imageIn a few short weeks I will be speaking at TechEd Africa 2013 and if you have come to my talks before (previous TechEd’s, TechDays, Hogshead when I have had one too many) you may see that I am giving similar sounding content – so why should you come to these TechEd talks? What will be new and awesome? I am going to give you an honest review of what you can expect from the three talks below.

Windows Store Apps, Tips & Tricks from the field

This is a brand new talk, filled with awesome new content for people developing apps for Windows 8 today & going forward to the Windows ‘Blue’ world. Some of this is from Windows Store app Development Snack series but not all of it, especially in the architecture & tooling sections of the talk.

Note: This is not an introduction to Windows Store apps talk – I will assume the audience has some of the concepts of apps already. So for example, I will talk about background tasks but not explain what they are or where they used in any depth.

What’s new in .NET 4.5 & VS 2012

Same title as my TechDays talk and really this is the version 2 of that talk. So what can you expect different from TechDays?

  • Part 1 is very similar, in fact you could probably just watch the YouTube video of that part & get 95% of the content. I will have some new tricks, especially since we have two updates to VS available now & I have adjusted the emphasis in some places – but that is the only changes in part 1.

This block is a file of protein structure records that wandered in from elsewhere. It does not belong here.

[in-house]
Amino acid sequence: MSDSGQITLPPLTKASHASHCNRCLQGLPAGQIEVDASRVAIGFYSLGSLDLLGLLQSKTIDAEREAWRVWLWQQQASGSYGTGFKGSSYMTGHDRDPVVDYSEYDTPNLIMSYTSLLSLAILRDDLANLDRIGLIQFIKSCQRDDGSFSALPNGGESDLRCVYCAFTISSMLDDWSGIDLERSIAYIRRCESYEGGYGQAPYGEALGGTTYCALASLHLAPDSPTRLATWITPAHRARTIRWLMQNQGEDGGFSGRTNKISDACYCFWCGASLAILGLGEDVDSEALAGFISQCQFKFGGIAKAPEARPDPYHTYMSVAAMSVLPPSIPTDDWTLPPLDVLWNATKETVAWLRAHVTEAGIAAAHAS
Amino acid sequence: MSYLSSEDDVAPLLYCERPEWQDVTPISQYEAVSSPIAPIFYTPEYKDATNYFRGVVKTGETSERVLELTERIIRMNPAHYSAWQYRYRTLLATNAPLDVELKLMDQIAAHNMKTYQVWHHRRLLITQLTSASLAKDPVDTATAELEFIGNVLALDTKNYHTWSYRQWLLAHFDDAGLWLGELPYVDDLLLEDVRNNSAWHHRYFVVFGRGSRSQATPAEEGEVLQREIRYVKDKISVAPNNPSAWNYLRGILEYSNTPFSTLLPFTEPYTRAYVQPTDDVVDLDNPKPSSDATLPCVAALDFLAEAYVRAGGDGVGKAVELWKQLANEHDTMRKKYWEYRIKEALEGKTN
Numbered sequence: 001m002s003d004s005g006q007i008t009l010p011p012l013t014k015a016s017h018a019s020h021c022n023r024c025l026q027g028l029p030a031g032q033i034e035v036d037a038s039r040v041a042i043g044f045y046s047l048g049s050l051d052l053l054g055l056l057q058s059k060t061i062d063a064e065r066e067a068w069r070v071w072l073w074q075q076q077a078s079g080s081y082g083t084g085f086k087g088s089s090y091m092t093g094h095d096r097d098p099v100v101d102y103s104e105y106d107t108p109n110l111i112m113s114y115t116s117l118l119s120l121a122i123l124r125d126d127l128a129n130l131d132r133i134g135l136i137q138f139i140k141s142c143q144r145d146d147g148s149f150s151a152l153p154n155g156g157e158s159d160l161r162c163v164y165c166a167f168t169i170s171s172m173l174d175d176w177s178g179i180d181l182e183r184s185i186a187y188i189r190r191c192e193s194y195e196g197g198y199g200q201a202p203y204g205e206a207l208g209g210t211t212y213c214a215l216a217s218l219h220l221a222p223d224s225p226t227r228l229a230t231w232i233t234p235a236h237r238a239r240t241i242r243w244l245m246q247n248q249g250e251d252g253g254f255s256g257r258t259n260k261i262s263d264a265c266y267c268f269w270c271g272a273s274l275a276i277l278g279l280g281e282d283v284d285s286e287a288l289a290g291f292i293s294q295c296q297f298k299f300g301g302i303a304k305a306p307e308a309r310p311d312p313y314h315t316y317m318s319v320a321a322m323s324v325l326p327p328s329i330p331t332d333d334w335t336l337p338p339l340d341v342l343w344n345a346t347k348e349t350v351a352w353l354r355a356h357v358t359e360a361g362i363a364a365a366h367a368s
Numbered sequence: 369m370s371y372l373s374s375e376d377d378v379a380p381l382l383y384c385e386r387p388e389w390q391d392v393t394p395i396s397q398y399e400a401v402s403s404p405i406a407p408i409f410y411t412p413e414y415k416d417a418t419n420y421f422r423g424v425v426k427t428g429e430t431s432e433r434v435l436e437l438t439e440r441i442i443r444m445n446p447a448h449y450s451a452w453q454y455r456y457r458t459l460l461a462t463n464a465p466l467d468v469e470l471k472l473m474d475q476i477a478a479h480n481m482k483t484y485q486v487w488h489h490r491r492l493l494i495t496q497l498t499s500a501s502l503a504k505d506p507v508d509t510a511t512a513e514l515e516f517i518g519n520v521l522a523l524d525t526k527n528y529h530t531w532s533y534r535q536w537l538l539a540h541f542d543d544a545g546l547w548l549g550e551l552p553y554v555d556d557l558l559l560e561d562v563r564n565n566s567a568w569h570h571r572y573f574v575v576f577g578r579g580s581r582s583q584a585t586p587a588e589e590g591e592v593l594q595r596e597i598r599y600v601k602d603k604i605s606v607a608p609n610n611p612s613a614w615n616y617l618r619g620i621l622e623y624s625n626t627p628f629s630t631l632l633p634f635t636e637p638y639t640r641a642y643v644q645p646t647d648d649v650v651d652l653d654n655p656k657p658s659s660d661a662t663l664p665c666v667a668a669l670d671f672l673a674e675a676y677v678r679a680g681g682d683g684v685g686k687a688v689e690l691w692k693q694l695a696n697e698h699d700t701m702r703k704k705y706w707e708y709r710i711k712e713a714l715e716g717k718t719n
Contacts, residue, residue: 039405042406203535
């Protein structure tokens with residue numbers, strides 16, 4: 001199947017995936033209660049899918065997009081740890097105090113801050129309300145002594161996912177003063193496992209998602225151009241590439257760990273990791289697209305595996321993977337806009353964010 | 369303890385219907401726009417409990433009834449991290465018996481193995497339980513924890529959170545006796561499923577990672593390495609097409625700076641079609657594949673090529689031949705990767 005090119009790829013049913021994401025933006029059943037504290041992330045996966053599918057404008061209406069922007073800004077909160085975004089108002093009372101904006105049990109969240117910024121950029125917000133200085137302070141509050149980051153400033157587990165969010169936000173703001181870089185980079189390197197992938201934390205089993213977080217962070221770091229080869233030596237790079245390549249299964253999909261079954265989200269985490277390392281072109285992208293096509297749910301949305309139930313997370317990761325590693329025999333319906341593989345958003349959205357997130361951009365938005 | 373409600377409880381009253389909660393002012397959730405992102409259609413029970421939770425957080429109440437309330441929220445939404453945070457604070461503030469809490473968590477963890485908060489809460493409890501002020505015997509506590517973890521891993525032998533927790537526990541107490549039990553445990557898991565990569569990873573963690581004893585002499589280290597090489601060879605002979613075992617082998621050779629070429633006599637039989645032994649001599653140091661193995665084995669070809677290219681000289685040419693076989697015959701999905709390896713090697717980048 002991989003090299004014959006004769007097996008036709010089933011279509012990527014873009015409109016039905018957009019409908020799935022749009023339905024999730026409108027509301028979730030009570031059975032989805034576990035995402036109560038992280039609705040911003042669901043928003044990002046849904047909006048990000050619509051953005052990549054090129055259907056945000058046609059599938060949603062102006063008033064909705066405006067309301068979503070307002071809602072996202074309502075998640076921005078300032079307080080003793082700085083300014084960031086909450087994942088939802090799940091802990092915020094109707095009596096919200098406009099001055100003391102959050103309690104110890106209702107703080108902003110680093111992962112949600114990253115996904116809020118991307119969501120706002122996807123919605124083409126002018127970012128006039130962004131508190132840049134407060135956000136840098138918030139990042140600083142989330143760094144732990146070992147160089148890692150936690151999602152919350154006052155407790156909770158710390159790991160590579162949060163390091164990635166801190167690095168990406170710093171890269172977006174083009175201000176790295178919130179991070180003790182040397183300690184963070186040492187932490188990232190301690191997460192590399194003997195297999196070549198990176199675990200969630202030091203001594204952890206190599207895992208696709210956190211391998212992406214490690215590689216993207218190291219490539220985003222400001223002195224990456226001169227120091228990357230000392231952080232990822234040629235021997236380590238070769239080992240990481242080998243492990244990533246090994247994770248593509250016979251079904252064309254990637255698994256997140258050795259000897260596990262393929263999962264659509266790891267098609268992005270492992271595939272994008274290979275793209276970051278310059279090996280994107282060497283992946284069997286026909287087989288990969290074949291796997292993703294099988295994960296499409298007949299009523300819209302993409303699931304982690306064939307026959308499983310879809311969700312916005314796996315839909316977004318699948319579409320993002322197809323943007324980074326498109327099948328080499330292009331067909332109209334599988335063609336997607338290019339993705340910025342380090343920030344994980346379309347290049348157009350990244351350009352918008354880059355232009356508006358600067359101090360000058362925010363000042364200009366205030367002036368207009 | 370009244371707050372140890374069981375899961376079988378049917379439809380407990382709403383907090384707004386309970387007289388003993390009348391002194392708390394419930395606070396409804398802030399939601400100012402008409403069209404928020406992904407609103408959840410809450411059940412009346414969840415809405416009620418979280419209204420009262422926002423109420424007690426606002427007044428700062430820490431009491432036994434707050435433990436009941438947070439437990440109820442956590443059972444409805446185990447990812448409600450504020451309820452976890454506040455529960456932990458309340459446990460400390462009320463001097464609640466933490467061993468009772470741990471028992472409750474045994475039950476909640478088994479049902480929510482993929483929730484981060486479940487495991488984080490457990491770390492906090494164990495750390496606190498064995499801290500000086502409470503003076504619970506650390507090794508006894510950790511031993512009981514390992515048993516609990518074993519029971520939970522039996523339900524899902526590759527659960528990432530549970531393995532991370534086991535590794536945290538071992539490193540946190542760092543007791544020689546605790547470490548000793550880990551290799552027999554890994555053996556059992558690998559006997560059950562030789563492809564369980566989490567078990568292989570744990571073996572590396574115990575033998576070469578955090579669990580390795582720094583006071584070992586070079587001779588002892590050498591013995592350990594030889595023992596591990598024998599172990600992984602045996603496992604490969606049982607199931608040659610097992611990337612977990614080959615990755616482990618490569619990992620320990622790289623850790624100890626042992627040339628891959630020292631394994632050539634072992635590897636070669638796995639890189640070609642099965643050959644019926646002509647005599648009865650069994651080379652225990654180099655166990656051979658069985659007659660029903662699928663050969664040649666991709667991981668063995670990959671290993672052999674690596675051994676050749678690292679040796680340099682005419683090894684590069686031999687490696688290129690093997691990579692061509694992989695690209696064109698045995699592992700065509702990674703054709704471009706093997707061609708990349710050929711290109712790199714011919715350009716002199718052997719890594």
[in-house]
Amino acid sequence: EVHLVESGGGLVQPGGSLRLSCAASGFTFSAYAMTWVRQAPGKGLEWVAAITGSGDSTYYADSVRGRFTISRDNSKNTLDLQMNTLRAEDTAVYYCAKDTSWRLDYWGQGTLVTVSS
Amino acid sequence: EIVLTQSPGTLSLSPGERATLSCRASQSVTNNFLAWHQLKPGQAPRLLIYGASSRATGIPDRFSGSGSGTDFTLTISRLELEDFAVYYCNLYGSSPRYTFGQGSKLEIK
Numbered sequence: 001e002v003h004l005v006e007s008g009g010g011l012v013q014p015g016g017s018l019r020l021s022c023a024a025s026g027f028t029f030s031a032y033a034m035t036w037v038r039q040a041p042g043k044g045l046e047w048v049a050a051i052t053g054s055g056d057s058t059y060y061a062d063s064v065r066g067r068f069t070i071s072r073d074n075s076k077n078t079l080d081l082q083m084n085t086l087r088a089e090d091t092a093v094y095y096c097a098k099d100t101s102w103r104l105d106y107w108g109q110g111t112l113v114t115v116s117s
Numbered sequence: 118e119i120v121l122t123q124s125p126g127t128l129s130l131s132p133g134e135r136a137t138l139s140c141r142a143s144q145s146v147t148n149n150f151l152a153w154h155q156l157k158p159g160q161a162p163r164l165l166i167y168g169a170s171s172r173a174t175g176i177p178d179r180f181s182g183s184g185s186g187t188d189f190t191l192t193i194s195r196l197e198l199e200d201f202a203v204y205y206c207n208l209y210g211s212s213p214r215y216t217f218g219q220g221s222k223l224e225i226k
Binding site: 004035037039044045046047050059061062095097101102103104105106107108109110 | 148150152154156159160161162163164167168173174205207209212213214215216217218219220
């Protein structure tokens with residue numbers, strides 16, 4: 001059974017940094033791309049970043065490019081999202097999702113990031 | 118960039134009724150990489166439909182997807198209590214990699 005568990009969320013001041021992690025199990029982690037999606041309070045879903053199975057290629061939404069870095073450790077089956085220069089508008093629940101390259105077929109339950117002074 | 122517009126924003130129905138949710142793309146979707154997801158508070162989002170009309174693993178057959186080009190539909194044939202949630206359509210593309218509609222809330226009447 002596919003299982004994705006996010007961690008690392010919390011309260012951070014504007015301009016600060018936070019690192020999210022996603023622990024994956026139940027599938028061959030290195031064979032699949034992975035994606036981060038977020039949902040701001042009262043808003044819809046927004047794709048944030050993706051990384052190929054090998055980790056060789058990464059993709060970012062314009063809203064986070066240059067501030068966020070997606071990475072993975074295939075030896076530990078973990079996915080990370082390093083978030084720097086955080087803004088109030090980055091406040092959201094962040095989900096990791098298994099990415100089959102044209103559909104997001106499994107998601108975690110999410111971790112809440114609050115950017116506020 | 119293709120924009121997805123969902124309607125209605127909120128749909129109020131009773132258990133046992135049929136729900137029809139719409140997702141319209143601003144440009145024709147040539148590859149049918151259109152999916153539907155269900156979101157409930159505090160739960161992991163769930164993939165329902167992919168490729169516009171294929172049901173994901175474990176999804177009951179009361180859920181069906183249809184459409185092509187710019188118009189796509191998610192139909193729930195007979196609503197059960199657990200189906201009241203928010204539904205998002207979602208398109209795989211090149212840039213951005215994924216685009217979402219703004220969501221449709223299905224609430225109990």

• Part 2 is very different, both the WCF & LightSwitch sections are gone! LightSwitch was dropped because I have an hour long talk just on that :) WCF was dropped since the demo’s were not great and despite it being an amazing tool, the focus for the talk needs to be what’s new – and the new way for API’s is WebAPI. Do not read that as WCF is dead – hardly, just it doesn’t meet this talks requirements. This means I freed up a lot of time, so I am filling it with A LOT of new ASP.NET content. I will show you tricks & tips in ASP.NET land that will blow your mind away!